How to Prevent Falls: Tips for Older Adults

How to Prevent Falls: Tips for Older Adults
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Medically Reviewed By:
Mark Arredondo, M.D.

THURSDAY, March 30, 2023 (HealthDay News) -- For older Americans, a fall is no laughing matter.

According to the National Council on Aging, more than 1 in 4 people over age 65 fall each year, and falls are the leading cause of fatal and non-fatal injuries among the elderly. However, falls are not a normal part of aging.

So why do the elderly fall more often? Common causes of falls in the elderly include issues such as poor eyesight, hearing loss, decreased strength, chronic health problems, balance and gait issues, medications and environmental factors.

Here are specific actions seniors and their families can take to lower their fall risk in the home. First, experts will give advice on how to prepare homes with fall prevention in mind. Then, they will offer additional steps to reduce your risk of taking a tumble.

Fall-proof your home

Recent research published in the Cochrane Database of Systematic Reviews found that taking measures to reduce falls at home decreased falls by 38% in high-risk people.

"Falls are very common among older people. They can cause serious injury or even death, but they are preventable. In this review, we wanted to examine which measures could have the biggest impact on reducing falls among older people living at home," study author Lindy Clemson, professor emeritus at the University of Sydney in Australia, said when the research was published.

Here are several tripping hazards that should be addressed in a home, according to the Mayo Clinic.

  • Remove clutter from the floor, especially in walkways

  • Remove throw rugs or secure them to the floor

  • Keep items off the stairs

  • Keep pet accessories out of pathways

  • Remove electric cords from the walkway

  • Keep the path clear to light switches

  • Clean spills up immediately.

Next, here are some items that will help reduce falls:

  • Place night lights in the bathroom and along the route from the bed to bathroom

  • Keep a lamp at the bedside to turn on before getting up

  • Install a handrail on both sides of the stairs

  • Have a light switch placed at the top and bottom of the stairs

  • Place anti-slip treads in your shower stall and bathtub

  • Install grab bars in the shower and beside the toilet

  • Consider using a shower/tub chair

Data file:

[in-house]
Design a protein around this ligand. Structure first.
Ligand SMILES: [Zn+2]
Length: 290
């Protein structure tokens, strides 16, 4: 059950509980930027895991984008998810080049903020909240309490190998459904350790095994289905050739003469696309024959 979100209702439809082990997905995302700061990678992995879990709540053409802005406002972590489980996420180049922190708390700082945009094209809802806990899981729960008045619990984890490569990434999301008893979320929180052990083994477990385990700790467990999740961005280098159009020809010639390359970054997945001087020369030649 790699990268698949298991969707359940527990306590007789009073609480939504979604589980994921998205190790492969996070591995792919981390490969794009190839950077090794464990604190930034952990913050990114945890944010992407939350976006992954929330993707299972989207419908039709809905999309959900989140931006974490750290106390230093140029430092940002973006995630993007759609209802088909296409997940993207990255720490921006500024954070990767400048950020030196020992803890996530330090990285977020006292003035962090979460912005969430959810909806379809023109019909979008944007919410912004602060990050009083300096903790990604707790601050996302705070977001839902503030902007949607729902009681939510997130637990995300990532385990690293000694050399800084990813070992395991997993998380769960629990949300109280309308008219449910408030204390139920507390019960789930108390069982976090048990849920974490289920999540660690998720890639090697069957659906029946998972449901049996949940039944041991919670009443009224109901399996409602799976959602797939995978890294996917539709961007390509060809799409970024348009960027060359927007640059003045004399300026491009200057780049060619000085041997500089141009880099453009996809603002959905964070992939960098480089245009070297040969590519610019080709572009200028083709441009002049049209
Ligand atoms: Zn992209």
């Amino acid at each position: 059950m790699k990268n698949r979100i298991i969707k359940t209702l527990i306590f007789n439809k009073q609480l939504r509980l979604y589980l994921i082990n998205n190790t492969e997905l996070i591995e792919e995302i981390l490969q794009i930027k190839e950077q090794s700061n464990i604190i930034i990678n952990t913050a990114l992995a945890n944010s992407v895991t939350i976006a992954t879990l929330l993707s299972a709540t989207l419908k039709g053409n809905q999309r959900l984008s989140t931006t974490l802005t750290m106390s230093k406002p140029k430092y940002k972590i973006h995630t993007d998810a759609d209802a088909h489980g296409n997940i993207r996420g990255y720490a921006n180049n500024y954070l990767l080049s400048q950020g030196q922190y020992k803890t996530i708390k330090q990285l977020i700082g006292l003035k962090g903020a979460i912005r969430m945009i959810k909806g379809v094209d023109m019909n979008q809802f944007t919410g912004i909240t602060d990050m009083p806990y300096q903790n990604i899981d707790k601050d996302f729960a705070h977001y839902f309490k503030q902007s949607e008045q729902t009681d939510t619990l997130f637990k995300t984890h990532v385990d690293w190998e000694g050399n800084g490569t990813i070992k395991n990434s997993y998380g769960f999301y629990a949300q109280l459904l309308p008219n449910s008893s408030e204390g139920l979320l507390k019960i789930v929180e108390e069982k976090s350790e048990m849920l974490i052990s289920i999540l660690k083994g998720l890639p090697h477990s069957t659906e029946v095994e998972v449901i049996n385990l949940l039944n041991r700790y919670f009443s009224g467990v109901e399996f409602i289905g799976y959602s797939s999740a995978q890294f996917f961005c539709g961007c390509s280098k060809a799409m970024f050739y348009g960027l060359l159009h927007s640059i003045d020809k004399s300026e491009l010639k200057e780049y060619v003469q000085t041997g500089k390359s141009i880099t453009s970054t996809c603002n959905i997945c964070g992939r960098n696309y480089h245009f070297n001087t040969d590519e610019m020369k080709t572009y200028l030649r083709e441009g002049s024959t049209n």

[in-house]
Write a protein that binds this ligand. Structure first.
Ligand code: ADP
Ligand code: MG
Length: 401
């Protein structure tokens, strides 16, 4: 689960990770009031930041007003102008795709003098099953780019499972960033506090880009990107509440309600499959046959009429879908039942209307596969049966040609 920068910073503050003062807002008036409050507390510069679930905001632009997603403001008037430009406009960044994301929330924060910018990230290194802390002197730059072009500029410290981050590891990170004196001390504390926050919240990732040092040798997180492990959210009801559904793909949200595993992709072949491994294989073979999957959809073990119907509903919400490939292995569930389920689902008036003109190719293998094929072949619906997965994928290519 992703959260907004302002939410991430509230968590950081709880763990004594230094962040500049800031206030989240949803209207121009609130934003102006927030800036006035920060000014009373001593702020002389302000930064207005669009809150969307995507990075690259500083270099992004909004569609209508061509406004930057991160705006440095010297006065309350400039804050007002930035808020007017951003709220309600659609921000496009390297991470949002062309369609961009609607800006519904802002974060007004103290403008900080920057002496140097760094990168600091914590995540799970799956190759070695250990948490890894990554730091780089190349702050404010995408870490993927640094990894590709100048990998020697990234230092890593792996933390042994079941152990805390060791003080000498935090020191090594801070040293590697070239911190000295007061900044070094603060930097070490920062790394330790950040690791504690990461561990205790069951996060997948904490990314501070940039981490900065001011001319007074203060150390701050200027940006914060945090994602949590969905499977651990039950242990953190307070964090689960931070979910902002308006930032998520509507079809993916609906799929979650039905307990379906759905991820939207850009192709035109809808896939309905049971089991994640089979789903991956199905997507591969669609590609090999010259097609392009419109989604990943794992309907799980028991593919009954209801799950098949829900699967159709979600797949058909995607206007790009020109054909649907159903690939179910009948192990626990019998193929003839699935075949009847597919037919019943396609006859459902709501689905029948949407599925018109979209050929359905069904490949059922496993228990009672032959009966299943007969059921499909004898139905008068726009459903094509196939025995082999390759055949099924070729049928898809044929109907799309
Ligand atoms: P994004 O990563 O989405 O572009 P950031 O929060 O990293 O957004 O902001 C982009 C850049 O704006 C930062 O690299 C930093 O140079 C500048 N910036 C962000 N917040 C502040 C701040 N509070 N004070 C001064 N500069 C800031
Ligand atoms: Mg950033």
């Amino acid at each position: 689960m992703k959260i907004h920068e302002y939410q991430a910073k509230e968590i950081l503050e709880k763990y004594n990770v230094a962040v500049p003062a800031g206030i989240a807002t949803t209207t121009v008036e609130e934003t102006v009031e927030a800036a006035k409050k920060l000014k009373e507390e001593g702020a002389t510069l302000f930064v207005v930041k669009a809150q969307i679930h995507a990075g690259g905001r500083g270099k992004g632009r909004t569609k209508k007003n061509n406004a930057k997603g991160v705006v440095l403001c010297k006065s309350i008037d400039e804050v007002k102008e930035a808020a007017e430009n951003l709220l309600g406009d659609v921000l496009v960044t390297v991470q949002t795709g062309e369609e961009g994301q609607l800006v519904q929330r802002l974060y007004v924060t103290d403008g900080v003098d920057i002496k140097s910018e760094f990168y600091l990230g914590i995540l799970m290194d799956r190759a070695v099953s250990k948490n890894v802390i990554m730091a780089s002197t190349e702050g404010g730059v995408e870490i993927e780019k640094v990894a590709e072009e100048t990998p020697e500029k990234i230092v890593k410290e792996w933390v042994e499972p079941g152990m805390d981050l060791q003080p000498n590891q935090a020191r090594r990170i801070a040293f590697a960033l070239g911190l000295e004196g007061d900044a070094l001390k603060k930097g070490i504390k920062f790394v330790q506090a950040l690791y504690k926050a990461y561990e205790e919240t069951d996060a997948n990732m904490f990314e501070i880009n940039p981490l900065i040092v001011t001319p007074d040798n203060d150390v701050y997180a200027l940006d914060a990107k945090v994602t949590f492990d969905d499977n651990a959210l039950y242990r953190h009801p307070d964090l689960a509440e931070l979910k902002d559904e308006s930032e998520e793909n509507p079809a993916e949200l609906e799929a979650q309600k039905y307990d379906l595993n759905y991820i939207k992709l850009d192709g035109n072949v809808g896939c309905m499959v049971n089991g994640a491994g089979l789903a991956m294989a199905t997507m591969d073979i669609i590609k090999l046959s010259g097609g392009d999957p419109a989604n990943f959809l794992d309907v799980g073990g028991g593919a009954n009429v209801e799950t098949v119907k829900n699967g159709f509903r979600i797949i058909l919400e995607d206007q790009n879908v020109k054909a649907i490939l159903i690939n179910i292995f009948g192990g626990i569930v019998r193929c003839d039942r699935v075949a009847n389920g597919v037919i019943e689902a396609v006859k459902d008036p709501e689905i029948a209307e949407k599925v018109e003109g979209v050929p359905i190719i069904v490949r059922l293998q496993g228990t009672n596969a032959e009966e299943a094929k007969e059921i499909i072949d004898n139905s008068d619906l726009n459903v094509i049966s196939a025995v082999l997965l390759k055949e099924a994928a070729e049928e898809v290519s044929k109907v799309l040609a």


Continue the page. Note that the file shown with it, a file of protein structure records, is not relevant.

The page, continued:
• Keep frequently used items within reach, to avoid the need for a footstool.

Meanwhile, the U.S. National Institute on Aging offers additional home modifications that may be helpful.

What else can you do to prevent falls in the elderly? According to Mayo Clinic, in addition to the changes above, there are several other helpful steps seniors can take to prevent falls.

  • Make an appointment with your physician to discuss your fall risk and any medications or health issues that might make you more vulnerable to falls. Ask about physical therapy or occupational therapy if you do not feel safe exercising alone.

  • Stay active -- the National Council on Aging also addresses exercise and falls. Often, seniors decrease their exercise out of a fear of falling, when in reality one of the best things they can do is to keep moving. Exercise will help maintain muscle strength and joint mobility, as well as good balance, which is crucial for preventing falls. There are many community-based programs specifically geared toward building and maintaining muscle strength, as well as fall prevention. The YMCA and other fitness facilities also provide opportunities for seniors.

  • Using canes, walkers and wheelchairs, when needed, can be valuable in preventing a fall. If you borrow a walker, ask your doctor or occupational therapist to help you make sure it is the right size for you.

  • Stay up to date on hearing and vision checks.

  • Wear sensible shoes with good support and low heels.

  • When getting up, take a minute to sit on the edge of the bed before standing. Some medications can make you dizzy and this can cause a fall.

While falls are a serious matter and something to avoid, the fear of falling should not prevent you from living a full and active life. With a few modifications to your home, continued exercise and activity, and increased awareness of risks and prevention, seniors can enjoy their life with confidence.

What This Means For You

More than a quarter of U.S. seniors suffer a serious fall every year, but experts offer tips on how to make a home safer.

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